Major story beats always get more cinematic consideration, but if you walk up to a character on the Normandy just to check if there are new dialogue options? Shot reverse shot is plenty.

This Mordin moment is a major story beat of ME3. This isn't a collect-a-thon quest, or a bug that Hackett radioed in because he needs you to swat it. This is a major character's death. Of course it gets more attention.

So, my recall of how cinematic ME3 is, is fuzzy at best, but even with my limited playthroughs, I'm not going to argue that ME3 isn't cinematic, because I believe it is. But it is no more than ME2 or ME1 is.
Overall, I'm not saying that BioWare didn't get better at cinematography as it went on. What I'm saying is, they all contain a ton of cinematic elements....

I don't say anything about ME3 not being cinematic, so I don't know why you felt the need to cite a scene. I even acknowledge that BioWare would have improved.

Additionally, posting things that show ME3 cinematography is good doesn't mean ME1 cinematography doesn't exist.

Shot-reverse shot is basic enough that it existed even in KOTOR, which was a really old game by the release of ME. It's strange that you'd bring that up and die on that hill. ME3's is quite significantly better. Not just good. Significantly better.

I really don't think it's fair to compare the two games, when the technology and gameplay changed significantly. Remember, Mass Effect was released in 2007 and didn't have the interrupts and all those slowmo's. Mass Effect 3 was released in 2012, if I'm not mistaken. That's five years.
I'm 100% with NSMike, though, on the world building. Mass Effect **IS** entirely world building, even without the codex. You can play the entire game, not read the codes, and still get a truckload of lore. Provided you talk to characters, of course (which I know some of you don't). You can learn about the Quarian fleet, about First Contact, about the Asari, big corporations, Jump Zero, the Alliance, the Geth, the Keepers, the Krogan Rebellions, the hanar, there's just so much there, if you actually take the time to look (again, you don't even have to read the codex).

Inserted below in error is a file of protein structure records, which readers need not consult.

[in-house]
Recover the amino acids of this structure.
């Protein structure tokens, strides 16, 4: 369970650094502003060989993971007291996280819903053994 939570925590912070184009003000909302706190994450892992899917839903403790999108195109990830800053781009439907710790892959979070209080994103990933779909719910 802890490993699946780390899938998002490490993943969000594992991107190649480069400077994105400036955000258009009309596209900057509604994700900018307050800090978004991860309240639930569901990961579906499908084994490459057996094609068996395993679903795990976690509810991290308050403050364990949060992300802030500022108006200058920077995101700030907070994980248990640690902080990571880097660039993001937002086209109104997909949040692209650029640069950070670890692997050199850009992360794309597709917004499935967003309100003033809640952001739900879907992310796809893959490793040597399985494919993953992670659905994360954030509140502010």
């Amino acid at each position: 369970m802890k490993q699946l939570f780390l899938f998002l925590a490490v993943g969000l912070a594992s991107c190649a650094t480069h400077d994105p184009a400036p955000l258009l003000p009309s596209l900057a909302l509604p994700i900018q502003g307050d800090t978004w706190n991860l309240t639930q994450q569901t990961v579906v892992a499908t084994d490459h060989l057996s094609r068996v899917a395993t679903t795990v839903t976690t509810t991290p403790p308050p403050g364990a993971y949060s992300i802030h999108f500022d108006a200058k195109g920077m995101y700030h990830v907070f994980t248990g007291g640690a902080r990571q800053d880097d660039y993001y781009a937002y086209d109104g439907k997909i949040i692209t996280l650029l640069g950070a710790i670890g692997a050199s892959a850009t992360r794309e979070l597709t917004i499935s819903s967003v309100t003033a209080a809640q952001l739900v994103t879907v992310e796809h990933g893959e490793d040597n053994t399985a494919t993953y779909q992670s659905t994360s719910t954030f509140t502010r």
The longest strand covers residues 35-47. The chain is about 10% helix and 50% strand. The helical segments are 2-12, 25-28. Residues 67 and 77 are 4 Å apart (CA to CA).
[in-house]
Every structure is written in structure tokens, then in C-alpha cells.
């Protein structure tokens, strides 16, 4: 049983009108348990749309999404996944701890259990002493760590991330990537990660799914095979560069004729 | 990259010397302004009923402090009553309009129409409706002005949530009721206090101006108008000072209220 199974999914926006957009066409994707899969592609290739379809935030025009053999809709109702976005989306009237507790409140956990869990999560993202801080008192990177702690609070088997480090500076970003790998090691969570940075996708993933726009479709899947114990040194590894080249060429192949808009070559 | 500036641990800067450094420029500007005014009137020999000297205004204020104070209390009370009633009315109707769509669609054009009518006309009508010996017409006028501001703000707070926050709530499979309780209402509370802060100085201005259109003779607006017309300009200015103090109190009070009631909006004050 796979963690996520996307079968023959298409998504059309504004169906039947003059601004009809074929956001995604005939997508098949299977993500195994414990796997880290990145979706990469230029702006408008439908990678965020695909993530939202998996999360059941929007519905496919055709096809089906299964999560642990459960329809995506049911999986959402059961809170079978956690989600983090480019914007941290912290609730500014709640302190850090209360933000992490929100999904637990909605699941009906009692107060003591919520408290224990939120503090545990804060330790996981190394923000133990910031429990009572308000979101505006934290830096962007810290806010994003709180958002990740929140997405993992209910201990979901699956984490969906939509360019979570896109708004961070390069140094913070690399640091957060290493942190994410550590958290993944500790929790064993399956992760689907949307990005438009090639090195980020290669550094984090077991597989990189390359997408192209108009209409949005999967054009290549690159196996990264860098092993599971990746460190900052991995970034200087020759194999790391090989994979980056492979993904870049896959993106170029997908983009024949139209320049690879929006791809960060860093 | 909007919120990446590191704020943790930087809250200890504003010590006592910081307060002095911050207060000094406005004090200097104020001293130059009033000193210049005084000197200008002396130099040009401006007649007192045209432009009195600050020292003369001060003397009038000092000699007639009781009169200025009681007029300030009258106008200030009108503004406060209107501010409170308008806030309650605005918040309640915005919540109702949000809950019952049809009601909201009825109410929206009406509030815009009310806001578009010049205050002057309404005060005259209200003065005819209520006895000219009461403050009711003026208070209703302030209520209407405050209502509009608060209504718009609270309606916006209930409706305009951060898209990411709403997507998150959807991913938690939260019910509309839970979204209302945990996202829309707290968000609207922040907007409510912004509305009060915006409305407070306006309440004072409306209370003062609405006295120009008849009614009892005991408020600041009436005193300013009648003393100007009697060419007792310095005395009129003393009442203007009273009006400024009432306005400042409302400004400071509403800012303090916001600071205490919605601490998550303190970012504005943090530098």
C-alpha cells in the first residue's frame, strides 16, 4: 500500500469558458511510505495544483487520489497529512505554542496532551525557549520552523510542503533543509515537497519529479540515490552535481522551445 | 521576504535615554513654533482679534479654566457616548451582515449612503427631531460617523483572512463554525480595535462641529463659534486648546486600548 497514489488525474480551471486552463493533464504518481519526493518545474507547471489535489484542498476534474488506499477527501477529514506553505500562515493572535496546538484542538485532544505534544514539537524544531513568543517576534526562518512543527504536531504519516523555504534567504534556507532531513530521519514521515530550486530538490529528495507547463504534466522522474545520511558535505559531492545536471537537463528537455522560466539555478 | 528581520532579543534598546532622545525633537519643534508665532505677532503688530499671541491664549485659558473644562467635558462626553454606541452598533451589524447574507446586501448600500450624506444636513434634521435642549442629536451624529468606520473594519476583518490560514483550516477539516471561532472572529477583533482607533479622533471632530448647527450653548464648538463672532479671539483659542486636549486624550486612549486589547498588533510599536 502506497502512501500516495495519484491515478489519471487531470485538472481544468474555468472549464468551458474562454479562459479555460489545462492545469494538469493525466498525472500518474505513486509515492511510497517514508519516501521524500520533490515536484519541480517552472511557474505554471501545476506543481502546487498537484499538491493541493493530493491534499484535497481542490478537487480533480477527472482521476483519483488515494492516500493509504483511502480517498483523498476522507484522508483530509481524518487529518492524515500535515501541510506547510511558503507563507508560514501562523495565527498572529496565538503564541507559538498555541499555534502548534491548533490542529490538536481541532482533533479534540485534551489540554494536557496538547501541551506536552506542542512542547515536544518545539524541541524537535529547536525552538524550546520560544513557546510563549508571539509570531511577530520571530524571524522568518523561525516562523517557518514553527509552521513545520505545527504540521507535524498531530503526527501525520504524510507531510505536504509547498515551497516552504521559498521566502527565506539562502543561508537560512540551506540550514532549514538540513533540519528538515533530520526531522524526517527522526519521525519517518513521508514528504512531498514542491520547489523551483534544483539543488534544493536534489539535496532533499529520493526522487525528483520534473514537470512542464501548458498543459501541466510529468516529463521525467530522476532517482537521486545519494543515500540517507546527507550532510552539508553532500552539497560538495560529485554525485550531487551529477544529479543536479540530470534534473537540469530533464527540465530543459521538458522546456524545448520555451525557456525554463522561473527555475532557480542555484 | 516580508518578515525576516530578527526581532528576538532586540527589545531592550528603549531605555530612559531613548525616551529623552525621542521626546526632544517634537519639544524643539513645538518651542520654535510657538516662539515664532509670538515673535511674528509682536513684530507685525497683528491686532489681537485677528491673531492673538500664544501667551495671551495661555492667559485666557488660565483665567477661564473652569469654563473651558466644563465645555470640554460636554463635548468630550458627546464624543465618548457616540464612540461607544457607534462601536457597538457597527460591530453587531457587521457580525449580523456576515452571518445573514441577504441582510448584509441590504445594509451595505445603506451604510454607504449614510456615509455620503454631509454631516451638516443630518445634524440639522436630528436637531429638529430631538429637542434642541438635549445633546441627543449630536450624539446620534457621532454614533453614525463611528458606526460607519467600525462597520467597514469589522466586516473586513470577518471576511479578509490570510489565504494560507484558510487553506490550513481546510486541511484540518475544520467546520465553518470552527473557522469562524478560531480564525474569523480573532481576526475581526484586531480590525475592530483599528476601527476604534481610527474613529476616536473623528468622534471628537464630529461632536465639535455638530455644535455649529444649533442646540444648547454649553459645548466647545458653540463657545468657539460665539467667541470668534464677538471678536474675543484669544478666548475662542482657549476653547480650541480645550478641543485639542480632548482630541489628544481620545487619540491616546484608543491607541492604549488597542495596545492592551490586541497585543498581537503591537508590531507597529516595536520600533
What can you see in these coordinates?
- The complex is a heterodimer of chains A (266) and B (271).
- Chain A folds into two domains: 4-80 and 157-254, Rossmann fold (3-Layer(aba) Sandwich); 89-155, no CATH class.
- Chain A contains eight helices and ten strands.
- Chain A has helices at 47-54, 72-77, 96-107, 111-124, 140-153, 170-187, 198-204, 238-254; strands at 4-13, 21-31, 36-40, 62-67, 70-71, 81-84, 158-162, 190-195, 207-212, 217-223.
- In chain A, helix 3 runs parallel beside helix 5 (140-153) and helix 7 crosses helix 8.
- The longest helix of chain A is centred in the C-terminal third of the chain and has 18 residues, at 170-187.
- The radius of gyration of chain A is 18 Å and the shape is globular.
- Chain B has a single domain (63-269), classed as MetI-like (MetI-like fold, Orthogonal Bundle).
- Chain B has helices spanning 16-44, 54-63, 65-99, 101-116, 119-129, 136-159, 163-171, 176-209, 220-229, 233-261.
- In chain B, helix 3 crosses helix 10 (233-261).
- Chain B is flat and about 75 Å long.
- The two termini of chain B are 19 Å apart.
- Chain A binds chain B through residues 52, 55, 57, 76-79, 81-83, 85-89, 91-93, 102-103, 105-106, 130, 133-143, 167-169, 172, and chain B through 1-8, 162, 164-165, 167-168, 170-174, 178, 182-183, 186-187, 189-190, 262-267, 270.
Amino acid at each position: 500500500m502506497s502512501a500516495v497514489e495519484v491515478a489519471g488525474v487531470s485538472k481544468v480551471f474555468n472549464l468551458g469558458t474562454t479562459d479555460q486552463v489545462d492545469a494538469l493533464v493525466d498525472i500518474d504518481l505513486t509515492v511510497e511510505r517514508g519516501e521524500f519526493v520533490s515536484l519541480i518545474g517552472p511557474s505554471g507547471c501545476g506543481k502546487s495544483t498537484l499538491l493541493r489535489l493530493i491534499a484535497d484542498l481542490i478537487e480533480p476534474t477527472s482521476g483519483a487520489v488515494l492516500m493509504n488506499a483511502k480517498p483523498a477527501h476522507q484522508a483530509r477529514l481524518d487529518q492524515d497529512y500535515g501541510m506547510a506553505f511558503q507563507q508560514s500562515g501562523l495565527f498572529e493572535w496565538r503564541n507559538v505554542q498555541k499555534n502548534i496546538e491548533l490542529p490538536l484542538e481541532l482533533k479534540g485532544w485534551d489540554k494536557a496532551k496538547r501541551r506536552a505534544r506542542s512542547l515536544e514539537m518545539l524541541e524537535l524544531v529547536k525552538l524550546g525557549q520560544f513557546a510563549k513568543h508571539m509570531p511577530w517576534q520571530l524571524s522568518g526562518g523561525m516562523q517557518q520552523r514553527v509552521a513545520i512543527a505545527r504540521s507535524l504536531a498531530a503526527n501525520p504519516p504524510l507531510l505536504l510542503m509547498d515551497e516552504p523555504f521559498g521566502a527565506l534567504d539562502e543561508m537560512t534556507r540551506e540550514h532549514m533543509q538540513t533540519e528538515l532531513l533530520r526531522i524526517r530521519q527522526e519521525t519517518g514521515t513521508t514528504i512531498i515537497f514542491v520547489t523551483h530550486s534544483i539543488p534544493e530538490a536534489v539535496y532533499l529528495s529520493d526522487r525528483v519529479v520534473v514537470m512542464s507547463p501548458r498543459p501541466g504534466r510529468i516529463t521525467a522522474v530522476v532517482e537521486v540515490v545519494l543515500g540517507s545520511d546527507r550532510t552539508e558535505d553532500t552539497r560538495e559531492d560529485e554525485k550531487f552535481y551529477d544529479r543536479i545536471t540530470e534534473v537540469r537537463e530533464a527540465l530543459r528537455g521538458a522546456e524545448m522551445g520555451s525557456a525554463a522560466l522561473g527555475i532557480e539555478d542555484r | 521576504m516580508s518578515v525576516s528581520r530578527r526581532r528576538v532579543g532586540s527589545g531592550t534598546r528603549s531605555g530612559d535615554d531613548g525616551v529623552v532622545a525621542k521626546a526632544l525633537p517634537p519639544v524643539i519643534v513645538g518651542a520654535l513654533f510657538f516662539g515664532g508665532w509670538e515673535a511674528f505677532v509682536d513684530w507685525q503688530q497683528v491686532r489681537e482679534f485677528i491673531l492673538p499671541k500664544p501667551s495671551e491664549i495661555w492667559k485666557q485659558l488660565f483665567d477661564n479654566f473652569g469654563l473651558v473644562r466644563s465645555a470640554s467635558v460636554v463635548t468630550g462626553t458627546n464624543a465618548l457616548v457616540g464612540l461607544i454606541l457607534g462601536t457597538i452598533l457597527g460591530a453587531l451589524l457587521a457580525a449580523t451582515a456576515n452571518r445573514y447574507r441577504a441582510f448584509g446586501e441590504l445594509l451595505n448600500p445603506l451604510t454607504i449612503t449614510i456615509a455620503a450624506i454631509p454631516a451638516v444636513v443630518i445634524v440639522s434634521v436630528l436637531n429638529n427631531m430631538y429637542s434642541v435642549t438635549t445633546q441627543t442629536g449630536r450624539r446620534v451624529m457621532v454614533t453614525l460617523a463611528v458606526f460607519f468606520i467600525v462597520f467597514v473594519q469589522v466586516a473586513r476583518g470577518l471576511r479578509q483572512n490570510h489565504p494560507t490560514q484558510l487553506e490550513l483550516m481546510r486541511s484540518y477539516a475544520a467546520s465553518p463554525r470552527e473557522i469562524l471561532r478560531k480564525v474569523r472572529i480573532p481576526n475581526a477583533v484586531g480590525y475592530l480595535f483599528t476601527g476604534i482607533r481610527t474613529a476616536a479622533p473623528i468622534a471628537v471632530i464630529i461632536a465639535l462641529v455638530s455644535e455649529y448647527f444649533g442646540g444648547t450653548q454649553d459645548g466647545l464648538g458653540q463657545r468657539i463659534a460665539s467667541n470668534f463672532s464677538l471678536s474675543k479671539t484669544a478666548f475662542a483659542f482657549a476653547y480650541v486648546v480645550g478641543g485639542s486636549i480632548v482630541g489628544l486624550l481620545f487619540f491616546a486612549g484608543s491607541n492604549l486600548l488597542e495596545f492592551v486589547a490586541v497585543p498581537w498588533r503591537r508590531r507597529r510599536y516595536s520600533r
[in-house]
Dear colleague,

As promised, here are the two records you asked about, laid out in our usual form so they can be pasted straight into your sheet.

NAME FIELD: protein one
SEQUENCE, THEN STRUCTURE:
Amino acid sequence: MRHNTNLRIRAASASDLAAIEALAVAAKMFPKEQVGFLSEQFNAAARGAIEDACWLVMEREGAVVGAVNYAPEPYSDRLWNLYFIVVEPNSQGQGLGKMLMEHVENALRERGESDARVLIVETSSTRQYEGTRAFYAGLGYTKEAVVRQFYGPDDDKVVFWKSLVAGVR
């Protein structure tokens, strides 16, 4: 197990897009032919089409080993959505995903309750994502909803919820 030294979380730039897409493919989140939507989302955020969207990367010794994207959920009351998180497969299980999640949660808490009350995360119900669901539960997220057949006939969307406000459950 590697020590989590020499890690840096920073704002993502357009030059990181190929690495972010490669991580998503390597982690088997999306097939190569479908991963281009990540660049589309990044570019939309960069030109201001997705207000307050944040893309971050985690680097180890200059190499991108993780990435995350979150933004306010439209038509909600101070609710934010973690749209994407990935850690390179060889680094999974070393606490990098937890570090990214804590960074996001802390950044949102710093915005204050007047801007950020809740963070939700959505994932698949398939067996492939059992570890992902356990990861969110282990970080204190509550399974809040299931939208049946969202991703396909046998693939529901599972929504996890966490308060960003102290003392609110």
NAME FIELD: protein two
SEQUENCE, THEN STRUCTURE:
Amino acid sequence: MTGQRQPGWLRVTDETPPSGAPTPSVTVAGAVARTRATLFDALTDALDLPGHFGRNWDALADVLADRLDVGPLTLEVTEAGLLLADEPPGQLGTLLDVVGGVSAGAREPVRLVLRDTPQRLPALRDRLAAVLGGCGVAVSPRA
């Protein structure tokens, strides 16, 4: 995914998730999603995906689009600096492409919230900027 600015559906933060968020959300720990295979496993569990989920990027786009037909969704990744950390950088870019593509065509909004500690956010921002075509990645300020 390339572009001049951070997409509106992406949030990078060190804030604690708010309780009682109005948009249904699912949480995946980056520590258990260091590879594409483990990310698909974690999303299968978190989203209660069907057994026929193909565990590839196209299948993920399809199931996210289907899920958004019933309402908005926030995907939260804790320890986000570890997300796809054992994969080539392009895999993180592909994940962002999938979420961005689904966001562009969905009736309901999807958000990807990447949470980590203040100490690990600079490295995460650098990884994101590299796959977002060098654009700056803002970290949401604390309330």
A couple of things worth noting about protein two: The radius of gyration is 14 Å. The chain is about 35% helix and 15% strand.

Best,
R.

Spoiler:

YOU CAN'T MAKE ME CHOOSE, THEY'RE BOTH EXTRAORDINARY GAMES!

According to NSMike, 90% of the worldbuilding in Mass Effect happens in ME1. That's such an extreme fraction that it basically posits that there were only tiny minuscule details of Mass Effect revealed in both later games.

It would make more sense to say that 90% of ME's foundational elements were laid down in the first game. That's expected. But 90 of the world building? Bit much.

LarryC wrote:

Shot-reverse shot is basic enough that it existed even in KOTOR, which was a really old game by the release of ME. It's strange that you'd bring that up and die on that hill. ME3's is quite significantly better. Not just good. Significantly better.

It's also not the only thing in ME1, by a long shot. It's standard fare for unimportant conversations. Even in those cases, though, it's not just the same two shots being put in front of you. There are angle changes, focus changes, over-the-shoulder shots... All of these things indicate an effort to give the game a cinematic quality.

And again, citing an older game doesn't invalidate the nature of the cinematic approach or devices used. It's like trying to say that an electric circular saw makes handsaws unable to cut wood. It's a silly argument.

But go YouTube any of the major cutscene moments of the game and you'll find a variety of cinematic styles employed. The opening, approaches to any of the places you dock the Normandy, the big moments during midpoints and endings of the major missions, the space battle with Sovereign... You get establishing shots, pans, flybys, crane shots, etc. It's all there. You're either just not remembering or choosing to ignore it because you're so peeved that ME1 used shot reverse shot for a bunch of conversations (spoilers: ME2 and 3 both do, too).

LarryC wrote:

According to NSMike, 90% of the worldbuilding in Mass Effect happens in ME1. That's such an extreme fraction that it basically posits that there were only tiny minuscule details of Mass Effect revealed in both later games.

It would make more sense to say that 90% of ME's foundational elements were laid down in the first game. That's expected. But 90 of the world building? Bit much.

90% may be a bit over the top, but I wouldn't go lower than 80%. Like I said before, ME1 is the bookshelf, ME2 and 3 are the paint and trim.

Most conversations, if you did all of the side content. Even comparing only the major story beats of each game - ME's cinematic artistry is just not on par. ME2 and ME3 played for all their content don't use basic shot-reverse shot to the same degree.